Friday, December 06, 2013

Is Obama making a progressive policy turn? "We'll see"

President Obama is the head of the Democratic Party and won election in 2008 and re-election in 2012 running on progressive campaign themes, though less so in 2012 than 2008.

So he should stop preaching the neoliberal gospel of austerity and cutting benefits and Social Security, Medicare and Medicaid (the "Grand Bargain") in order to appease the angry gods of the Herbert Hoover/Heinrich Brüning/Angela Merkel faith and from here on out act and sound like a real progressive.

So if that's what he's really doing this week and going forward, hurrah!!!

The White House has decided to start putting on an affirmative defense for the ACA, at least for the moment. This is a good speech in which he does just that, President Obama Speaks on the Affordable Care Act 12/03/2013:



The text is here.

http://www.pbs.org/newshour/bb/government_programs/july-dec13/healthcare_12-03.html
http://to.pbs.org/IOtywD

This piece by Garance Franke-Ruta reads a bit like stenography but it explains what is presumably the White House's preferred version of this: Obama Goes on Offense on Healthcare The Atlantic 12/03/2013.

PBS Newshour has a this-side-says-the-other-side-says discussion on it, of course without the moderator making any comment on the factual accuracy of the claims, Obama's health care offensive's effect on midterm elections 12/03/2013:



Transcript here.

The problem is that with the Obama Administration, when they come out swinging on something the Democratic base actually likes, you have to simultaneously worry that it isn't a prelude to again offering up benefit cuts on Social Security, Medicare and Medicaid in the coming-very-soon next round of fights on the sequester and the debt ceiling.

We've been before several times over the last five years of the Obama Presidency.

One of the most dramatic examples came with the Roberts Court's 2010 decision in Citizens United, whose results the President characterized this way: "I can't think of anything more devastating to the public interest."

That was a remarkable statement from a President of the United States. And while he made at least a half-hearted attempt to get Congress to remedy the situation legislatively, we haven't heard much from the President in the nearly four years since that statement about the decision that he characterized in such a memorable way.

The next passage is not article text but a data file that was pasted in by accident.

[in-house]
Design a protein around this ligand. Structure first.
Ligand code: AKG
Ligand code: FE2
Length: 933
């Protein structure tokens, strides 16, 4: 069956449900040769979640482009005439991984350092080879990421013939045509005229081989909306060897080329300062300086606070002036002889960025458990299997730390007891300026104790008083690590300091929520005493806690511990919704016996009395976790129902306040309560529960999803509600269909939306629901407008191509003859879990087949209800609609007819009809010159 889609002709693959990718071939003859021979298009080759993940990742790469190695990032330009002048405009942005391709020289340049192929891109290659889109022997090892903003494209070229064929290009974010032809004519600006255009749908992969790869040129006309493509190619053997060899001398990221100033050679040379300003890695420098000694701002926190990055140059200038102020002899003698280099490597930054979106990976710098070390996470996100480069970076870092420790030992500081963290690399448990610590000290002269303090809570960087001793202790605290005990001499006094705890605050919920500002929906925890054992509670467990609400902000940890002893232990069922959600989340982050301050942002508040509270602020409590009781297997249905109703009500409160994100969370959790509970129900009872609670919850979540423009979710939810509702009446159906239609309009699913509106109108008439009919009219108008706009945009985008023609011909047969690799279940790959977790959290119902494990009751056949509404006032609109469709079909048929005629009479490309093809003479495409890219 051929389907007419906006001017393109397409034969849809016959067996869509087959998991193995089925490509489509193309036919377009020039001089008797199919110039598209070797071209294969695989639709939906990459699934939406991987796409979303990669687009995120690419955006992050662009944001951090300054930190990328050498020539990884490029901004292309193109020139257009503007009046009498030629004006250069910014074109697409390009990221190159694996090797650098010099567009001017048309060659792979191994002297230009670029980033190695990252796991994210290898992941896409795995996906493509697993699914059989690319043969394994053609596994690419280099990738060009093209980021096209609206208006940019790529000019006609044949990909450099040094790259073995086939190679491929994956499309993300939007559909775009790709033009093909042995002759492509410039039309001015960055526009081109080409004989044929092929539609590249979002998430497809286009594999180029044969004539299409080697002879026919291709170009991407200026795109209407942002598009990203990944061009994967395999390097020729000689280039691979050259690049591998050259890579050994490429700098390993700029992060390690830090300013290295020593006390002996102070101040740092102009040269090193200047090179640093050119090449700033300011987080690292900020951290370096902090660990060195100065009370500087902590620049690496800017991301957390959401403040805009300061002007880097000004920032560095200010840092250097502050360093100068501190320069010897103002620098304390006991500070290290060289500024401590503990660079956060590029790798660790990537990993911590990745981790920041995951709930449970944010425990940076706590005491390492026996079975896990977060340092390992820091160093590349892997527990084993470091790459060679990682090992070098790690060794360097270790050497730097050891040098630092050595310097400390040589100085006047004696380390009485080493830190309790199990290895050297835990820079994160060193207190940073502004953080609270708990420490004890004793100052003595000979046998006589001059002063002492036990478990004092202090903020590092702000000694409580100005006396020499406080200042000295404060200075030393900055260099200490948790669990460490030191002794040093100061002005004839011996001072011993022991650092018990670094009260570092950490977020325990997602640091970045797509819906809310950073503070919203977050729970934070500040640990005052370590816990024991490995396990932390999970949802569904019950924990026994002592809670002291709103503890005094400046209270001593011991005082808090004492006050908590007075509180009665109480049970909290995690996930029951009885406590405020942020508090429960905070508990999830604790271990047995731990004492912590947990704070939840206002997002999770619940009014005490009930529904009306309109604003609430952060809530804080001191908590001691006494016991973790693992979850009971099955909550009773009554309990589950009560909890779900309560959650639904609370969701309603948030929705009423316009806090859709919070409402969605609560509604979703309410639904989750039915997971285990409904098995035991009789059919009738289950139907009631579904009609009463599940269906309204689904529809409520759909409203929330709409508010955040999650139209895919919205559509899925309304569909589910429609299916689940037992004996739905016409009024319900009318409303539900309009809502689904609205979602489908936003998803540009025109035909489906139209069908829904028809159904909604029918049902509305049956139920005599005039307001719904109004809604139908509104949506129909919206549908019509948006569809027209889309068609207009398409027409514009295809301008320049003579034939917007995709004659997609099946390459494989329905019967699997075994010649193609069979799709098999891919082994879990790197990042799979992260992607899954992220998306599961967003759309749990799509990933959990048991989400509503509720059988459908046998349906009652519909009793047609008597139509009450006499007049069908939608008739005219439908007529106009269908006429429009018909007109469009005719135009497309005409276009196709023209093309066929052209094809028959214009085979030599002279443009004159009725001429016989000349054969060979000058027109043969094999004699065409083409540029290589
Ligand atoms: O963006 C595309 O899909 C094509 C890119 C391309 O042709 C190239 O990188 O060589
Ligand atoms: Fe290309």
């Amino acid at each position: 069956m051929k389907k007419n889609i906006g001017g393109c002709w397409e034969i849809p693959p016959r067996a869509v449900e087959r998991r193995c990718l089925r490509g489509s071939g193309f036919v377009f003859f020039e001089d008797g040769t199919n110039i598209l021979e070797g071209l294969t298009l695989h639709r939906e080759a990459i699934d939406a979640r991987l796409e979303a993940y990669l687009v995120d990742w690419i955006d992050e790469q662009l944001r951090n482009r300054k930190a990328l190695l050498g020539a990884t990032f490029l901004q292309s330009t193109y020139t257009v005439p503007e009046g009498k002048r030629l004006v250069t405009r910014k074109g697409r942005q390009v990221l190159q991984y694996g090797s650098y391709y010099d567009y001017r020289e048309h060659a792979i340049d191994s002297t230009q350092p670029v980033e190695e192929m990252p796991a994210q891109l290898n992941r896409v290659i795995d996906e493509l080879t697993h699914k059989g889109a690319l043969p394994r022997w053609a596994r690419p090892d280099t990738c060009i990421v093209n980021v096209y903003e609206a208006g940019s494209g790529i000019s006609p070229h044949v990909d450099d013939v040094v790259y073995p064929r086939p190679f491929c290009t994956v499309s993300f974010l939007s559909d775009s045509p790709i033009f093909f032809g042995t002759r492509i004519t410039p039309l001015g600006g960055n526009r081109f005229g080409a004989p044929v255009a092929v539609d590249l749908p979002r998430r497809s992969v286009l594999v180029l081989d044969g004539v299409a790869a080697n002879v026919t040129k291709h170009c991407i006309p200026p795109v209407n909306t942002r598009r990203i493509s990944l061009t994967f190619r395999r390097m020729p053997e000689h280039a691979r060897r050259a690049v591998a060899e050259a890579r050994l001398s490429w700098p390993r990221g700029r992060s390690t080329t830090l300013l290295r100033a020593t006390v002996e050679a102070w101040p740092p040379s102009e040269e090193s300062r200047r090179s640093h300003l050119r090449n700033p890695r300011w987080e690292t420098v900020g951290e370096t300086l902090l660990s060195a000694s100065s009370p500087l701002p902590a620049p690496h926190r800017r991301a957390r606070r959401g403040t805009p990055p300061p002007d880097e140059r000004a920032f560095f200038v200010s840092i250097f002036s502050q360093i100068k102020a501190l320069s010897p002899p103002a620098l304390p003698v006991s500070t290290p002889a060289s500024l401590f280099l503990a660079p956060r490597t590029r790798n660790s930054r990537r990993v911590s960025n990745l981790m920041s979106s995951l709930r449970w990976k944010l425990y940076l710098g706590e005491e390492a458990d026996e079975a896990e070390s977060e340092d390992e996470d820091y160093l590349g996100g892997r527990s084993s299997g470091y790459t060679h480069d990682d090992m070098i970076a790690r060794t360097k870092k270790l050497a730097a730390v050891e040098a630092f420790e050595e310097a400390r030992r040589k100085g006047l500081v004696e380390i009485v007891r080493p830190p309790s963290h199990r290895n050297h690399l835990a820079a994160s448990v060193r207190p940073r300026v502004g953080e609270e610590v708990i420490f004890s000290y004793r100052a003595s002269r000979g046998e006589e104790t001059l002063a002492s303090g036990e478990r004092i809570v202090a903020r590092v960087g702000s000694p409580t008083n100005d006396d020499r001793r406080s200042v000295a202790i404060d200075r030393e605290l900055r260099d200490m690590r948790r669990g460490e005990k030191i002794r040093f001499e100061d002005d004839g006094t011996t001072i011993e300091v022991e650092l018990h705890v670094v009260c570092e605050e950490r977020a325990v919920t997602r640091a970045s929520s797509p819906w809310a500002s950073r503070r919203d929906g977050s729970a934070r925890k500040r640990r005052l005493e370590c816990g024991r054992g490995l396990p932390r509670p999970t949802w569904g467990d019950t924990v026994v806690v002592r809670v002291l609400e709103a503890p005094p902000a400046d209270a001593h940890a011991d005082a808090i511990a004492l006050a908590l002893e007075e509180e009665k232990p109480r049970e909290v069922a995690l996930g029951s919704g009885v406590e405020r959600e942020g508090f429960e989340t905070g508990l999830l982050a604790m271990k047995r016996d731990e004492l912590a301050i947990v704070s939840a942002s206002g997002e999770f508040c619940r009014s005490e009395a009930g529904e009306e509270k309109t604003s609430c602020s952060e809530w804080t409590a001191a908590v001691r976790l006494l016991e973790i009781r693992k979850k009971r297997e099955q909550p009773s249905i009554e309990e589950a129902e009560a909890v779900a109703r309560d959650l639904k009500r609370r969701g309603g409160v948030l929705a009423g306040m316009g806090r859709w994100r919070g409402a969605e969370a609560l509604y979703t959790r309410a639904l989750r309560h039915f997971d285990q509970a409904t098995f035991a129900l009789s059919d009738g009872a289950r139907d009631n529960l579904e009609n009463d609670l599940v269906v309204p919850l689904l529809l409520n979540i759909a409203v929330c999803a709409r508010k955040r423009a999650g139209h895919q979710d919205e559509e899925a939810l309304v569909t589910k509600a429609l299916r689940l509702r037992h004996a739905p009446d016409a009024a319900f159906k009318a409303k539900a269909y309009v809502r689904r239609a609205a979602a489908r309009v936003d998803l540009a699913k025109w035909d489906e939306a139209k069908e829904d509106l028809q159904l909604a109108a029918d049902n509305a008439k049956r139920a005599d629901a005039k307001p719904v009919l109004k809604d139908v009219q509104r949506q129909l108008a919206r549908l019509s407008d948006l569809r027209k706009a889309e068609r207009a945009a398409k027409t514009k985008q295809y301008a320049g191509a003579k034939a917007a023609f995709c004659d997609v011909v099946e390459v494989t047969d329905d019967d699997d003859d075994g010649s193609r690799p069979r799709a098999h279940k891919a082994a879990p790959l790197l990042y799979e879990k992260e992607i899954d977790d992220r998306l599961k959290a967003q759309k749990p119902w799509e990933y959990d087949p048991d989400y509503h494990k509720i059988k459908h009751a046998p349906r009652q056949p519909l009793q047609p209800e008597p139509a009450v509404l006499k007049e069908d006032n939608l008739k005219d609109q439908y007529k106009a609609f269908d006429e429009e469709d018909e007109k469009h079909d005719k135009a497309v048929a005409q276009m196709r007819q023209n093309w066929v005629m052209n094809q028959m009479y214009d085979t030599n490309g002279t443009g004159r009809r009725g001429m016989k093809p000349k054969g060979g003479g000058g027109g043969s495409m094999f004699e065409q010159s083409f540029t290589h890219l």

And there was Obama's Second Inaugural Address 11 months ago. That was also an inspiring speech with a strong progressive tone. Afterwards, he proceeded to spend months trying to get Republicans to agree to the Grand Bargain to cut benefits on Social Security, Medicare and Medicaid.

Obama has had a five-year pattern of making pretty rhetorical speeches to please the Democratic base on occasion. But the subsequent actions on his part typically fall short. It's as though he assumes that his base should be and will be happy with the occasional Democratic-sounding speech, while he governs on the basis of the national security state, including the extreme NSA spying, and austerity economics, including proposing repeatedly to cut benefits on Social Security, Medicare and Medicaid.

He made the base happy again this week with a notable speech on the real problem of economic inequality in America, President Obama Speaks on Economic Mobility 12/04/2013:



Several of my favorite progressive commentators responded with some level of enthusiasm to that speech. Paul Krugman, Obama Gets Real New York Times 12/05/013:

And there was this: "When it comes to our budget, we should not be stuck in a stale debate from two years ago or three years ago. A relentlessly growing deficit of opportunity is a bigger threat to our future than our rapidly shrinking fiscal deficit." Finally! Our political class has spent years obsessed with a fake problem — worrying about debt and deficits that never posed any threat to the nation’s future — while showing no interest in unemployment and stagnating wages. Mr. Obama, I'm sorry to say, bought into that diversion. Now, however, he’s moving on.
Charlie Pierce, Obama (Finally) Makes An Important Speech on Inequality Esquire Politics Blog 12/05/2013: